USA Today: Groups Benefit From Campaigns' Focus On Women's Issues
Debates this year over contraception, federal funding for abortion services and Tuesday's Senate vote on equal pay for women have invigorated women's groups on the right and the left to try to sway the female vote (Kucinich, 6/6).
The Washington Post: House Panel Reviews VA Pharmaceutical Contracting Reforms
Reforms put in place by the Department of Veterans Affairs to prevent the routine purchase of pharmaceuticals in violation of federal contracting laws have improved the VA procurement system but failed to eliminate improper practices, according to congressional testimony Wednesday (Vogel, 6/7).
The Associated Press/Washington Post: Insurer United Health's Board Approves More Than 30 Percent Increase In Quarterly Dividend
The largest U.S. health insurer authorized a quarterly payout of 21.25 cents per share on June 22 to shareholders of record as of June 15. That's up from the previous dividend of 16.25 cents per share for the Minnetonka, Minn., company (6/6).
The Associated Press/Chicago Tribune: AMA's Incoming President Predicts No Chaos If Supreme Court Rejects All Or Part Of Health Law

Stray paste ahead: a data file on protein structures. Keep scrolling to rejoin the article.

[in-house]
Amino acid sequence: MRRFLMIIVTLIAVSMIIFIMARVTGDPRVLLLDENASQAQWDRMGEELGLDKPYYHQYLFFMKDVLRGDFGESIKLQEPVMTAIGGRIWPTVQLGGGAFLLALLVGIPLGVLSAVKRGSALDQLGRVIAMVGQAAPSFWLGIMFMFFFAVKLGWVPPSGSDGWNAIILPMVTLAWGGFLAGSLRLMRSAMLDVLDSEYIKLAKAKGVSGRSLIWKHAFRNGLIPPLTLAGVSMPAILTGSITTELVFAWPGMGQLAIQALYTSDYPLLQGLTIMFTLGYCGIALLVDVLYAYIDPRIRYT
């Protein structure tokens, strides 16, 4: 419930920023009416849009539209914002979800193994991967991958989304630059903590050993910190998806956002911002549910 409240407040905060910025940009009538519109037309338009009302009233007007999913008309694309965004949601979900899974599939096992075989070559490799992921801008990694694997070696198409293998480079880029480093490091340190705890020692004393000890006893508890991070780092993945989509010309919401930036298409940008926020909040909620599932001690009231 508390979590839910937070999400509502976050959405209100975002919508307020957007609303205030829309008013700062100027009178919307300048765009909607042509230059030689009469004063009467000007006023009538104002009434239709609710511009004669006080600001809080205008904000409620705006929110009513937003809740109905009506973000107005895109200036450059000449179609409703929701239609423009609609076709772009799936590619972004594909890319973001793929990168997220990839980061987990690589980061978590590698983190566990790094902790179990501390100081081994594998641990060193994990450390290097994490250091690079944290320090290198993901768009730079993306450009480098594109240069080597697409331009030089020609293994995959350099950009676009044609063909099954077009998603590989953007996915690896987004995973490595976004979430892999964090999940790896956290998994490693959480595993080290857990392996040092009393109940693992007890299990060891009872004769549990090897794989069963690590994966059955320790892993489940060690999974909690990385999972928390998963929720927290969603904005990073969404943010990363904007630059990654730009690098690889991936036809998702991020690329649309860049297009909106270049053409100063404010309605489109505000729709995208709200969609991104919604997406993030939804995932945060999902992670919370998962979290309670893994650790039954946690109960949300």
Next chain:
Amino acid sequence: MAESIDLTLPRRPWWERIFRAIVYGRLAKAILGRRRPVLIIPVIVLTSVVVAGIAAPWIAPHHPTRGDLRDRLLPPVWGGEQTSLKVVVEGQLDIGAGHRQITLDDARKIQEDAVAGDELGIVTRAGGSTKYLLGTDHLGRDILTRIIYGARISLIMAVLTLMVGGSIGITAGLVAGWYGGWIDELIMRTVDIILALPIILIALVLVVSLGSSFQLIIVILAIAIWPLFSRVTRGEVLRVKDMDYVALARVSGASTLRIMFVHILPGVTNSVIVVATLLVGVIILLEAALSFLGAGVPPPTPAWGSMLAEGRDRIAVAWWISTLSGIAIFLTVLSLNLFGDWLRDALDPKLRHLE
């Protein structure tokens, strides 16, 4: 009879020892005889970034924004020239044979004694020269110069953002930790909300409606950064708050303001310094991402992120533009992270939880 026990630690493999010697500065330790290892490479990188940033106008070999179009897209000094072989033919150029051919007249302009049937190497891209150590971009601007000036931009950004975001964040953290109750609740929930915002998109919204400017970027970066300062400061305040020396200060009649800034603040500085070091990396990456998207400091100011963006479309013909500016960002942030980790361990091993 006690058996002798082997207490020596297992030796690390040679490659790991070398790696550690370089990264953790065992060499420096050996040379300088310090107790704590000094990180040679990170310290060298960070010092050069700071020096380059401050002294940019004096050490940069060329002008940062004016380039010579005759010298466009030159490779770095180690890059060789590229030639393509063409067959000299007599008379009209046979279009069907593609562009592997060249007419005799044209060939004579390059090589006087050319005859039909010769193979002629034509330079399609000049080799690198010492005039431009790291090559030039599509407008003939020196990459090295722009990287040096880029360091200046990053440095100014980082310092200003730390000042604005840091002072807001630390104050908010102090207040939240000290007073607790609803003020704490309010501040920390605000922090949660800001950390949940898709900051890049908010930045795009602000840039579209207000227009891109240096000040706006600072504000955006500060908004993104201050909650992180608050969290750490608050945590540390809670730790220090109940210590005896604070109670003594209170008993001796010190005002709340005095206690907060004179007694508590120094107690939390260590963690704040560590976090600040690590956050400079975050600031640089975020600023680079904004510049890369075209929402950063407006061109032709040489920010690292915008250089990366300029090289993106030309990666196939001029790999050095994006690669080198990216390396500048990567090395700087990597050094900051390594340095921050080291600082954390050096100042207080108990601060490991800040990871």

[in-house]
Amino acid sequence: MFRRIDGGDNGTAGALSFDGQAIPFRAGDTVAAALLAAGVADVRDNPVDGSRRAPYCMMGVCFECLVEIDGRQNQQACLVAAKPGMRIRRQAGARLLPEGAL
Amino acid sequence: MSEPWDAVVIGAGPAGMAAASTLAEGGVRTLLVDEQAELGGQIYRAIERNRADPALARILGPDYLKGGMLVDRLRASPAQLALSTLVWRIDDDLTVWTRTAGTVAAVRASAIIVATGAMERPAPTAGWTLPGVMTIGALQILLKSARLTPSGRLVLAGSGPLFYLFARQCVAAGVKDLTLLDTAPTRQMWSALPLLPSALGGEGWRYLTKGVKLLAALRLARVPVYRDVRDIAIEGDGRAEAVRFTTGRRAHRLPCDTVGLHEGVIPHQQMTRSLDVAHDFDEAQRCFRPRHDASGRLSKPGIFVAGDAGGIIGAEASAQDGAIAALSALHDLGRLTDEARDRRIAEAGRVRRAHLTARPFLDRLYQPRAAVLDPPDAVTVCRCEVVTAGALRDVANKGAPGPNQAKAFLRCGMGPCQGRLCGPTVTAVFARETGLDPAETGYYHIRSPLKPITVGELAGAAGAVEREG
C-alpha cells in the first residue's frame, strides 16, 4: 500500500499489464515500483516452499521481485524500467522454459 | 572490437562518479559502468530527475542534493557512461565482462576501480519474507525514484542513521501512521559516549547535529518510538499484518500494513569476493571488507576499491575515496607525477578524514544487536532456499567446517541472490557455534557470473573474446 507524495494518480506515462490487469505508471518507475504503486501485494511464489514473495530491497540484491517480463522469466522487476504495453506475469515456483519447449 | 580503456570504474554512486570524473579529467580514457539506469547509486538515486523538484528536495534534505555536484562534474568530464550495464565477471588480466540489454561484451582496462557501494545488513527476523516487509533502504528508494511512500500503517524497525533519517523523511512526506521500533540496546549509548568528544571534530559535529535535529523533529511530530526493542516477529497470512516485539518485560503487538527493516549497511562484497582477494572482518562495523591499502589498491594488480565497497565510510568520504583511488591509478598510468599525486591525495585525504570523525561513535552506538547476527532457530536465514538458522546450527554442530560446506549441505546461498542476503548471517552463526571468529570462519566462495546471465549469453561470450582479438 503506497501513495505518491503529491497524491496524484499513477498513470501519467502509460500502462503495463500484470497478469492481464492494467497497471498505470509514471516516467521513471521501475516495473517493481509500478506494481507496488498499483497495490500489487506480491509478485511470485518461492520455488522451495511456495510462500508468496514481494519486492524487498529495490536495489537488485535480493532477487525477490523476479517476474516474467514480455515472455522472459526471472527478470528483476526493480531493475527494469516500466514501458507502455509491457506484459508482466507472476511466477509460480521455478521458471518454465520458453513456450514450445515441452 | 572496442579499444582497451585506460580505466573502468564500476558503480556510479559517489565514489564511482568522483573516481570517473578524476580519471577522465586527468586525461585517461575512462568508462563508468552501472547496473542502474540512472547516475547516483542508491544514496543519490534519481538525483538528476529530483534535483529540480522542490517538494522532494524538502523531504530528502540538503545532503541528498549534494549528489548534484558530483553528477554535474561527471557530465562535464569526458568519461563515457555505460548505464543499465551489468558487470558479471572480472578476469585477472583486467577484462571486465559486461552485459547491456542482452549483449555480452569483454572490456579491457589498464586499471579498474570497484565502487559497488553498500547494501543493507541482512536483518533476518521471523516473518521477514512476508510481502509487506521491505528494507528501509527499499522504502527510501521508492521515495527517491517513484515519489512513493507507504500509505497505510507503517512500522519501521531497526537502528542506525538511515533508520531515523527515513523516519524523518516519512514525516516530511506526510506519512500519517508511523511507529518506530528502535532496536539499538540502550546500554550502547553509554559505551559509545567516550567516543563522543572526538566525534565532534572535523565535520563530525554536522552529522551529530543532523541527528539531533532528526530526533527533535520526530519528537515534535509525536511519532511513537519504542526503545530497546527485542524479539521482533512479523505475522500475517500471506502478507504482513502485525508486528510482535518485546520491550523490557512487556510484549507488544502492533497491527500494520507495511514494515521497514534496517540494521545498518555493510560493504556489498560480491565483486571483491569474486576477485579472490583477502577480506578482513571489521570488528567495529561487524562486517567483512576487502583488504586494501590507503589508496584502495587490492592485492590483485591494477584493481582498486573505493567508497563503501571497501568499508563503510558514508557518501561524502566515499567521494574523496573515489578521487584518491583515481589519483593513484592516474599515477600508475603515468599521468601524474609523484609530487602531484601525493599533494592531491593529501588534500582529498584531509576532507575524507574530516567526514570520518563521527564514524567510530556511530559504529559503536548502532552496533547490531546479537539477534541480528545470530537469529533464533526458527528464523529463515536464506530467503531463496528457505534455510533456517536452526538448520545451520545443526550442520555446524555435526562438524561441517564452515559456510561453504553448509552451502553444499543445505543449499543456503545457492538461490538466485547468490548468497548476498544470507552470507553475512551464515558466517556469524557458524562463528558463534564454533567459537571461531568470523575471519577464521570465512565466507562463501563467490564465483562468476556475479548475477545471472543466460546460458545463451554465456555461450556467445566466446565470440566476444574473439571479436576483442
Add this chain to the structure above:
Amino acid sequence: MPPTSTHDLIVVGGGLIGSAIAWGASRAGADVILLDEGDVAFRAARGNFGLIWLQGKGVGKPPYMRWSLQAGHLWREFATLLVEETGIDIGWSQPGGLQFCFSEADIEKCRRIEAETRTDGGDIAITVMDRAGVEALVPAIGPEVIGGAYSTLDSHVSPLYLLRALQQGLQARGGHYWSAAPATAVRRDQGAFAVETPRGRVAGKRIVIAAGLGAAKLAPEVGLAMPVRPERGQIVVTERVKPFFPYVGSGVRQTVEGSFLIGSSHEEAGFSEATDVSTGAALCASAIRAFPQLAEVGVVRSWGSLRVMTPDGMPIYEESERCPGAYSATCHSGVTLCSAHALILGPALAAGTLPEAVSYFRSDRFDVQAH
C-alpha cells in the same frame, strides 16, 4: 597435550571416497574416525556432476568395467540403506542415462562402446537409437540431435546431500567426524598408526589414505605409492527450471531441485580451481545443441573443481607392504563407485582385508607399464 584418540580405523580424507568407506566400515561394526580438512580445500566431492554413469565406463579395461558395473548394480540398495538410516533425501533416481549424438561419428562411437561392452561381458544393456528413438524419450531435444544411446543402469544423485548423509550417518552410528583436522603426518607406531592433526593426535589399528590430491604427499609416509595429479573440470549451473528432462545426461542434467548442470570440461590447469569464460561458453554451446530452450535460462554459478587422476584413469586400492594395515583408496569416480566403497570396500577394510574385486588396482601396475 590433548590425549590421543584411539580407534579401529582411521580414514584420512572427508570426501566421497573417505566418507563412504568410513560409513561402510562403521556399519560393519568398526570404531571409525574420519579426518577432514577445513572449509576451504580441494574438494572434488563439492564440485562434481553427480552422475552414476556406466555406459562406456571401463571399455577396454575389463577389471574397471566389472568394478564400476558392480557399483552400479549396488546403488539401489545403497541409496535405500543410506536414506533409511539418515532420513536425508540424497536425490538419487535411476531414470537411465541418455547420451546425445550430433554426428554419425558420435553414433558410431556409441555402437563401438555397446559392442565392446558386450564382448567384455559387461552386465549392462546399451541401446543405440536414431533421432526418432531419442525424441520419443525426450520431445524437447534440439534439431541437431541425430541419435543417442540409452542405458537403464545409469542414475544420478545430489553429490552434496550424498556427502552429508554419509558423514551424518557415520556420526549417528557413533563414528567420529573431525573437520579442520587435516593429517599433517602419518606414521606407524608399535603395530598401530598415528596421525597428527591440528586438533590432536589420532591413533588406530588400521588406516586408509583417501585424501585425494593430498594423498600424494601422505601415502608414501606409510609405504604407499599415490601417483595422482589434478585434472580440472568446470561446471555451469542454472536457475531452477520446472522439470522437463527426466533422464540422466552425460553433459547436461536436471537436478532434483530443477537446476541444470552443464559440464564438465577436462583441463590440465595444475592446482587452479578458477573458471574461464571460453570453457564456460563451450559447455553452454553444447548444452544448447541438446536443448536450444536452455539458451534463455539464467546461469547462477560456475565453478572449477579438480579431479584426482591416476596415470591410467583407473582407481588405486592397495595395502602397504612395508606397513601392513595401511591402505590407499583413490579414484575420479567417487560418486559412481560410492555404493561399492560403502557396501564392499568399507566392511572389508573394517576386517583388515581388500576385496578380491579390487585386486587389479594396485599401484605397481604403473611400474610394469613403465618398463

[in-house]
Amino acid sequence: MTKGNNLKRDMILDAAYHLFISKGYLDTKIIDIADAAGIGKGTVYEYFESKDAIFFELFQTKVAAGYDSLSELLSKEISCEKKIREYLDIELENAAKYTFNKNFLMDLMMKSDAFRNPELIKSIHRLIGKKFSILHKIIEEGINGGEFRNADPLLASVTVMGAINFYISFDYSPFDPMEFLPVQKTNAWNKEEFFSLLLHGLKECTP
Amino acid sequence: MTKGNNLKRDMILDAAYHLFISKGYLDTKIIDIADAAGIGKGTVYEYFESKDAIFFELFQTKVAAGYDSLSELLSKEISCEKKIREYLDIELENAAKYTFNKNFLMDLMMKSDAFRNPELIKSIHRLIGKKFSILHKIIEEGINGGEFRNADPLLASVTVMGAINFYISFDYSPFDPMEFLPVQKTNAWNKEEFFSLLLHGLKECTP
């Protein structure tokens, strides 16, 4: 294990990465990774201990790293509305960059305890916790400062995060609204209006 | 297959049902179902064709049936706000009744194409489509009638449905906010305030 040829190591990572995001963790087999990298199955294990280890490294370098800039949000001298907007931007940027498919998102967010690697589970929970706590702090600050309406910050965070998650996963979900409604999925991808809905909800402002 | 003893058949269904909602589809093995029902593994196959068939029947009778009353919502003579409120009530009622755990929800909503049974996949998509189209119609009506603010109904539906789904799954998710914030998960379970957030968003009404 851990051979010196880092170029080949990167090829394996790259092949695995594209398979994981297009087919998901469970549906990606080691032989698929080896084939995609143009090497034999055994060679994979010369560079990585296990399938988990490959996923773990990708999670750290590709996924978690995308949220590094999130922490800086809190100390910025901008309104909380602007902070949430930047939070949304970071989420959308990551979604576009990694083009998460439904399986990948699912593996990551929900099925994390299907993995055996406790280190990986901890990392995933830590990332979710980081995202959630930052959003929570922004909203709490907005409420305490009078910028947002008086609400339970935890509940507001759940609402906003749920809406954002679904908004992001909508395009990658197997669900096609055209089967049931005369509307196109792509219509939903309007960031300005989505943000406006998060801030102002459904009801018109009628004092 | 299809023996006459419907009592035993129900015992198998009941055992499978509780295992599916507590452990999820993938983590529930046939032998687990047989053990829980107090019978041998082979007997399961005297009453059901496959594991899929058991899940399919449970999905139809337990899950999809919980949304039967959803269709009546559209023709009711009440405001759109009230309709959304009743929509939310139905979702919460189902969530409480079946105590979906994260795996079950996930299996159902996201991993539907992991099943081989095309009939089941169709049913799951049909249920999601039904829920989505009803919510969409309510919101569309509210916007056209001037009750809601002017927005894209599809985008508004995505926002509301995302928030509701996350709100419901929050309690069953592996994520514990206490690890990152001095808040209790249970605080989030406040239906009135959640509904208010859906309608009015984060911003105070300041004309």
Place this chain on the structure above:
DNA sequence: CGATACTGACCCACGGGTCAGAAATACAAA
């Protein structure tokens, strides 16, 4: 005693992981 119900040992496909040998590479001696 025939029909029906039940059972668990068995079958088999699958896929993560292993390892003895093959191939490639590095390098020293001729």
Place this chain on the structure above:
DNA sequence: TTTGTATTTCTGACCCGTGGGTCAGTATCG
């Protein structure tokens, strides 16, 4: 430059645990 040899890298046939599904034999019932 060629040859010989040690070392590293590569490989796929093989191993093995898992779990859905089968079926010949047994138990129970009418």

The incoming president of the American Medical Association says not to expect chaos if the U.S. Supreme Court rejects all or part of the sweeping federal health care law. Dr. Jeremy Lazarus takes over as AMA president later this month. He says he's not making any predictions on a high court decision, which also is expected this month (Tanner, 6/6).
The New York Times: New York Hospitals Look To Combine, Forming A Giant
Two of New York City's biggest hospital systems reached agreement on Wednesday to pursue a merger that would shake up the way medical care is delivered, especially in Manhattan, where hospitals compete to serve some of the wealthiest neighborhoods in the world (Hartocollis, 6/6).
The New York Times' City Room: At Belmont Clinic’s Doctor Gets Track Workers Back On Their Feet
As a general practitioner with a practice in Nassau County, Dr. Fredric Cogan was familiar with the usual flus, fevers and fractures his patients dealt with. But after taking over as the official doctor for backstretch workers at Belmont racetrack two years ago, he now specializes in a new list of ailments, like horse bites, rat bites and bedbug bites, not to mention the damage that can result from being hit by a thoroughbred swinging its head (Kilgannon, 6/6).
The Associated Press/Washington Post: Idaho Doctor-Lawyer Granted Motion To Intervene In Lawsuit Over Abortion Laws
In a strategy legal experts say is unheard of, a southeastern Idaho lawyer who is also a physician will be allowed to intervene in a challenge to the state's so-called fetal pain abortion law in a case that could set national precedent (6/6).
The Wall Street Journal: Aid For Supportive Housing Boosted
The state has committed $75 million of funding for the first year to creating more supportive housing, which is expected to be paid for, in part, by Medicaid savings under an initiative by Gov. Andrew Cuomo (Kusisto, 6/6).